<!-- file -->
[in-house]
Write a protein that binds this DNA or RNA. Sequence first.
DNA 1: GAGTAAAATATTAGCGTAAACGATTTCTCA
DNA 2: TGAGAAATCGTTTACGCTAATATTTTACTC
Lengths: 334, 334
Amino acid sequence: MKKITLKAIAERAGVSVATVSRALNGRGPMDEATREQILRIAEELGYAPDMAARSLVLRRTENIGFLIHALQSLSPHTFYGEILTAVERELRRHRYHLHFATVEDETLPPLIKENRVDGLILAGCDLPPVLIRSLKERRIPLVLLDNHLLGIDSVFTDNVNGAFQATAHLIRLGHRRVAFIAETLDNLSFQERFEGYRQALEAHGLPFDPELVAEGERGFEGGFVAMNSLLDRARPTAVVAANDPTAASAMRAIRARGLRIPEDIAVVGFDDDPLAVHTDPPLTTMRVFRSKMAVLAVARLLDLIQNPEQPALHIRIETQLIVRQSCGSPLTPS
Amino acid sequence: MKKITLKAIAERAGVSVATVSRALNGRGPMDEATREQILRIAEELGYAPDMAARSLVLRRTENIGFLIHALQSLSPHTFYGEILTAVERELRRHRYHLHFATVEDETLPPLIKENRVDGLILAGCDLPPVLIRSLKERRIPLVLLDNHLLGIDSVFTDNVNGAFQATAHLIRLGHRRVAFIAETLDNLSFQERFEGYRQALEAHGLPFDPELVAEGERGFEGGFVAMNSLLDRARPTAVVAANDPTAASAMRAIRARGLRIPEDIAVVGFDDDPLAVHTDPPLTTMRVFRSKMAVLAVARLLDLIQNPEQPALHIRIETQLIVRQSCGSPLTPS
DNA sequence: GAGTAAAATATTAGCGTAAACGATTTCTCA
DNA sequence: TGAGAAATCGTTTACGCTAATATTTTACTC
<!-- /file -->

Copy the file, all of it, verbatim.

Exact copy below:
[in-house]
Write a protein that binds this DNA or RNA. Sequence first.
DNA 1: GAGTAAAATATTAGCGTAAACGATTTCTCA
DNA 2: TGAGAAATCGTTTACGCTAATATTTTACTC
Lengths: 334, 334
Amino acid sequence: MKKITLKAIAERAGVSVATVSRALNGRGPMDEATREQILRIAEELGYAPDMAARSLVLRRTENIGFLIHALQSLSPHTFYGEILTAVERELRRHRYHLHFATVEDETLPPLIKENRVDGLILAGCDLPPVLIRSLKERRIPLVLLDNHLLGIDSVFTDNVNGAFQATAHLIRLGHRRVAFIAETLDNLSFQERFEGYRQALEAHGLPFDPELVAEGERGFEGGFVAMNSLLDRARPTAVVAANDPTAASAMRAIRARGLRIPEDIAVVGFDDDPLAVHTDPPLTTMRVFRSKMAVLAVARLLDLIQNPEQPALHIRIETQLIVRQSCGSPLTPS
Amino acid sequence: MKKITLKAIAERAGVSVATVSRALNGRGPMDEATREQILRIAEELGYAPDMAARSLVLRRTENIGFLIHALQSLSPHTFYGEILTAVERELRRHRYHLHFATVEDETLPPLIKENRVDGLILAGCDLPPVLIRSLKERRIPLVLLDNHLLGIDSVFTDNVNGAFQATAHLIRLGHRRVAFIAETLDNLSFQERFEGYRQALEAHGLPFDPELVAEGERGFEGGFVAMNSLLDRARPTAVVAANDPTAASAMRAIRARGLRIPEDIAVVGFDDDPLAVHTDPPLTTMRVFRSKMAVLAVARLLDLIQNPEQPALHIRIETQLIVRQSCGSPLTPS
DNA sequence: GAGTAAAATATTAGCGTAAACGATTTCTCA
DNA sequence: TGAGAAATCGTTTACGCTAATATTTTACTC